Military vets, journalists and civilians try to make sense of Iraq war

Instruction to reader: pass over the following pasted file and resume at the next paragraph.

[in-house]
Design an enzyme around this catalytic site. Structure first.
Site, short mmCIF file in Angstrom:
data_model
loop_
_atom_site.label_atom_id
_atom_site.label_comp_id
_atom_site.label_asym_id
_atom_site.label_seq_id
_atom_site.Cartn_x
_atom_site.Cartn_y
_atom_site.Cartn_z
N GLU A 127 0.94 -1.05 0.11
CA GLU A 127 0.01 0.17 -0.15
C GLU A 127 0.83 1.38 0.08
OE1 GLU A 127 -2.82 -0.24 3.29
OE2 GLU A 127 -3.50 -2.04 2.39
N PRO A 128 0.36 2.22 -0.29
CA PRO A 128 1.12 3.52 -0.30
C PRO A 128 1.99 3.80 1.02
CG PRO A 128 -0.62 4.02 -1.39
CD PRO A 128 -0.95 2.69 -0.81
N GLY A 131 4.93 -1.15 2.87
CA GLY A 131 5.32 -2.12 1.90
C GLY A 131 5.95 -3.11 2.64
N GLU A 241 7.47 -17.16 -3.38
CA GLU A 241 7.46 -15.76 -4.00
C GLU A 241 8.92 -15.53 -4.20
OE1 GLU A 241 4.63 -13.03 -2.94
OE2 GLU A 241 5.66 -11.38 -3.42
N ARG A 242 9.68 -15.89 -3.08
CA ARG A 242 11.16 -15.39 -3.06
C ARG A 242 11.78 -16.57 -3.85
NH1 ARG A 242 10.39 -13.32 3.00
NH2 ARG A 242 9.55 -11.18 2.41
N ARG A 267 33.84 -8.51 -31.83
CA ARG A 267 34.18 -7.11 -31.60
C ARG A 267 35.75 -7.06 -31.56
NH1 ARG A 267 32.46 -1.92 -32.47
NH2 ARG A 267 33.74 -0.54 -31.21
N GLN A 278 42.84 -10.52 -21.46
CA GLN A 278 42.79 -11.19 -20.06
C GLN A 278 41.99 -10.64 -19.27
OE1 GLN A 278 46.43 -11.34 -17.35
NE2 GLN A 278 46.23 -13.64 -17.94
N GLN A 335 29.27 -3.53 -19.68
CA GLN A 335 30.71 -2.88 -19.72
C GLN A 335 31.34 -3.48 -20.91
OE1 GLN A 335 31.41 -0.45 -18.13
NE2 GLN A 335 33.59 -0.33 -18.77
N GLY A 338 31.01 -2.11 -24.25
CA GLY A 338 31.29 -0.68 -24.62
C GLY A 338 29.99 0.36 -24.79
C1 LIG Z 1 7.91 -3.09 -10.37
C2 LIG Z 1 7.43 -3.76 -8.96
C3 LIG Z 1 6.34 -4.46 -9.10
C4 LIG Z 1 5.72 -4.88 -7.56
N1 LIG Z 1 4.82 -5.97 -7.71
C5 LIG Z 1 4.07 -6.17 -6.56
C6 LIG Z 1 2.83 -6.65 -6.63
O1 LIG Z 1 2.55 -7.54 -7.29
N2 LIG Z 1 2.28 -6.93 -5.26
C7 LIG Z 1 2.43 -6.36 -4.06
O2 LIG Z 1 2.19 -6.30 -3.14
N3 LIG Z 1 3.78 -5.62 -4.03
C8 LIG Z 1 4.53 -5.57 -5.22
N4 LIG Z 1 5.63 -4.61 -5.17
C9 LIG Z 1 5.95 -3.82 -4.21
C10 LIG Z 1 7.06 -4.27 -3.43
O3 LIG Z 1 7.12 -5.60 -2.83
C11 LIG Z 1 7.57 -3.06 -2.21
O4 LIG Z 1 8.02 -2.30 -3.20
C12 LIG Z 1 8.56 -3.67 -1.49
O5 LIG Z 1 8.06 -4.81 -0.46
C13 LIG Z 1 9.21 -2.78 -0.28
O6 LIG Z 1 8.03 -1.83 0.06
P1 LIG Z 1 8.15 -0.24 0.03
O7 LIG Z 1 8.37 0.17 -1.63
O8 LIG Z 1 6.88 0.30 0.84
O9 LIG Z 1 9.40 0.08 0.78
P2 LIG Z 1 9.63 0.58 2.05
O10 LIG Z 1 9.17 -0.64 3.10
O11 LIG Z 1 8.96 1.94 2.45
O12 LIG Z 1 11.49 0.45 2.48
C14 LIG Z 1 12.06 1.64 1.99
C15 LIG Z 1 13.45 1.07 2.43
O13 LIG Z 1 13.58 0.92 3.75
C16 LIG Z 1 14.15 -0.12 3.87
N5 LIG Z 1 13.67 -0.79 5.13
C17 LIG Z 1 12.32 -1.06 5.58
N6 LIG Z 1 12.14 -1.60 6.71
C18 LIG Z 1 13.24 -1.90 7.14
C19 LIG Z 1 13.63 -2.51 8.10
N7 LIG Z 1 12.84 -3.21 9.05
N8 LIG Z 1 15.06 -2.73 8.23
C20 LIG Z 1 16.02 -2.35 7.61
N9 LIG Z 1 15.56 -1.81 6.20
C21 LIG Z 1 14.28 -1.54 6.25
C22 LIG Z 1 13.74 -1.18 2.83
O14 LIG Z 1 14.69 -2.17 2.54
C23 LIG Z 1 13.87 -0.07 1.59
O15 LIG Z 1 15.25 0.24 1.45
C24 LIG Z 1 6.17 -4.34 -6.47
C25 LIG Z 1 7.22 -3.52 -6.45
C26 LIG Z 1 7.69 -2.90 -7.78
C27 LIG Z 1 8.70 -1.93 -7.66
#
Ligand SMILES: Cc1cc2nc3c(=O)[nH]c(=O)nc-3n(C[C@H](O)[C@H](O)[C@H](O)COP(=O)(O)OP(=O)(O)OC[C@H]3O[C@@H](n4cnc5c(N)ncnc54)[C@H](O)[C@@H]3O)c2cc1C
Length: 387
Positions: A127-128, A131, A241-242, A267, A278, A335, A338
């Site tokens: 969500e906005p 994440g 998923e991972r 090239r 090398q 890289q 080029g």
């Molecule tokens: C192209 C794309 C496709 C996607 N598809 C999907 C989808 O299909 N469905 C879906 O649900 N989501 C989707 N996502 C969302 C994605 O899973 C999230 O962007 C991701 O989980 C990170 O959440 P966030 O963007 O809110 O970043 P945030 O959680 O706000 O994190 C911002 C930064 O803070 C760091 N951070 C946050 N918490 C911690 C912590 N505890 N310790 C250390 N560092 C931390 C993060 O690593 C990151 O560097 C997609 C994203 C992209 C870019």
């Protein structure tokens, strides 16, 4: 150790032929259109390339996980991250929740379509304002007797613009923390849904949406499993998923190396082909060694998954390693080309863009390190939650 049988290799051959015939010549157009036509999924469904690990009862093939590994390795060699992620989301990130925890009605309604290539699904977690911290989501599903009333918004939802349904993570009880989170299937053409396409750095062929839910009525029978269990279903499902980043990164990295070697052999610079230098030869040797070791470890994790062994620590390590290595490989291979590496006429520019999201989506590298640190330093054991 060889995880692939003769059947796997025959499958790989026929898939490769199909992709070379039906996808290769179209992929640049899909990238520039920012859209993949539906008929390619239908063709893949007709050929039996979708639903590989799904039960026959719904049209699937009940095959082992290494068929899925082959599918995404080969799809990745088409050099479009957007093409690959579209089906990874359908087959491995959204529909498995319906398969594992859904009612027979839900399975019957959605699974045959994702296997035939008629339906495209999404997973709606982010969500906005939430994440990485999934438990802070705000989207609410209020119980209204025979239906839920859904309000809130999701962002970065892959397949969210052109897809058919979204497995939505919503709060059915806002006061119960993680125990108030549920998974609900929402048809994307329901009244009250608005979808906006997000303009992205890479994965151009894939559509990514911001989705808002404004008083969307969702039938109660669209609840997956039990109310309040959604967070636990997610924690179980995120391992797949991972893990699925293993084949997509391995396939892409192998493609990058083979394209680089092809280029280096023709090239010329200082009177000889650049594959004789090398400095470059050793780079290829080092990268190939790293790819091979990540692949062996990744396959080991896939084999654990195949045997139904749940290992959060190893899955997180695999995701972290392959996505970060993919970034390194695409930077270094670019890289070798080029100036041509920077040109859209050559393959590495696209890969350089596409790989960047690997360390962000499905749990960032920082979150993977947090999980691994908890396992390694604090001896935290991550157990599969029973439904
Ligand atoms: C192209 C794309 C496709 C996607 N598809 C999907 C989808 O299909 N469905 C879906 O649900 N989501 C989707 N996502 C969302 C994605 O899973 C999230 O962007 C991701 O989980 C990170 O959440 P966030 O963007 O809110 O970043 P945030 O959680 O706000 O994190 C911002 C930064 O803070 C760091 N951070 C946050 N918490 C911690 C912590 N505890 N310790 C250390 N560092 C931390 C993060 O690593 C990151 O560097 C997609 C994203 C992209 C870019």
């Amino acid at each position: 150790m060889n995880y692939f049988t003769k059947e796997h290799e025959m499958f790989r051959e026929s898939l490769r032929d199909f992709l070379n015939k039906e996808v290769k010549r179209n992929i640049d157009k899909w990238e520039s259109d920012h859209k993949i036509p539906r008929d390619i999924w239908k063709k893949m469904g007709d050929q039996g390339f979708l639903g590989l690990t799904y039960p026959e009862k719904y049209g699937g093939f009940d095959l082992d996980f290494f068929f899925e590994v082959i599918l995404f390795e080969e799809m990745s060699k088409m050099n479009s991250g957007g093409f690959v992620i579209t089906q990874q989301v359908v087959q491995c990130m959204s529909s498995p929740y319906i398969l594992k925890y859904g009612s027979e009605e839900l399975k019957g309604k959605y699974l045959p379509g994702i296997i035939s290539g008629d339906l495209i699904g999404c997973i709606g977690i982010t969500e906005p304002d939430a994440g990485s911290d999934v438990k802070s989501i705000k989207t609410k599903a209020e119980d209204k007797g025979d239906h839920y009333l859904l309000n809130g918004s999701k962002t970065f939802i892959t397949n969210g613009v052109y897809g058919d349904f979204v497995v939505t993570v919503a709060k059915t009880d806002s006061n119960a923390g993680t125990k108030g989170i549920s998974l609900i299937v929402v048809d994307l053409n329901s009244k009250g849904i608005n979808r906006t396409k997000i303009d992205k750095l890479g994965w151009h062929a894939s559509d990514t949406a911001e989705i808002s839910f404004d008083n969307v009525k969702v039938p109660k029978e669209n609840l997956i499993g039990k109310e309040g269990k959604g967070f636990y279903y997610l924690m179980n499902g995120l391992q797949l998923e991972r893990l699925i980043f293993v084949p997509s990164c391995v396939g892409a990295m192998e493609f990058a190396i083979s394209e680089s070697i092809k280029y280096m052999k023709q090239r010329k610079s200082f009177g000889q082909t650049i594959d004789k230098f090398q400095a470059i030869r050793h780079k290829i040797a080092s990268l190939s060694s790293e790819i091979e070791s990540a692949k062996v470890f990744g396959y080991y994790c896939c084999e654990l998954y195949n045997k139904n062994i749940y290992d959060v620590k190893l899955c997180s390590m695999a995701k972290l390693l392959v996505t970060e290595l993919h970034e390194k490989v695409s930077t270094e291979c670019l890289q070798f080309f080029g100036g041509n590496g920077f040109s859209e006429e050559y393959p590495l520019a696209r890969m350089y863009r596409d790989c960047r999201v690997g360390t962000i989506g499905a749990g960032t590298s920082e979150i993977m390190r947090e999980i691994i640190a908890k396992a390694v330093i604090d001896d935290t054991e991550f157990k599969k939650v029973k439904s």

LOGAN—Military veterans, journalists and civilians whose lives were touched by the U.S.-led invasion of Iraq came together for the ninth anniversary of the start of the war to observe and try to make sense of its global legacy. Organized by USU journalism professor Matthew LaPlante and Army Maj. Matthew Badell, the Out of Iraq forum consisted of two panels of veterans and scholars, and an exhibit of the Iraq war photographs of Rick Egan, who covered the conflict for The Salt Lake Tribune. In the Taggart Student Center auditorium at USU, LaPlante introduced a panel of scholars and former State Department officials that would discuss the legacy of the Iraq War: Dr. Salin Guner, a Turkish-born USU international relations professor; Lyle Holmgren, an agricultural agent who worked in Iraq to improve agricultural practices; political science professor and former CIA operative Larry Boothe and former State Department Middle East expert Steve Sharp, who also teaches political science at USU. “By a show of hands, how many of you were born after 1990?” asked LaPlante, who himself served as an Air Force intelligence analyst in Iraq. As student audience members raised their hands, LaPlante informed them that the United States has been involved in, or on the precipice of, combat with the Middle East for their entire lives. U.S. military involvement in the Middle East has long been a controversial topic, and that was the focus of LaPlante’s first question to the panel: What is the most fundamental way that the Iraq war has altered the world’s geopolitical climate? Guner said she believes the Iraq war was “an unjust war,” explaining that this was how the international community views the U.S. invasion to topple Iraqi dictator Saddam Hussein. According to Guner, war in self-defense is a last resort. But the U.S. invasion of Iraq was preemptive, purportedly in search of weapons of mass destruction, which never existed. “When you engage in an unjust war it will haunt you afterwards,” Guner said. Boothe, the former CIA official, agreed that the war was preemptive, explaining how Iraq had been comprised of three separate provinces based on religion and culture since the Ottoman empire, until British colonialists united the three regions—“they hate each other.” This is the sources of many of the problems in the Middle East, Boothe said different peoples that don’t like each other, artificially “united” into a single state, fighting for power. Sharp, the former diplomat, said the Iraq war was “one of the most colossal blunders we have ever made.” The United States “spent trillions of dollars,” he said, “and if anything we are worse off.”

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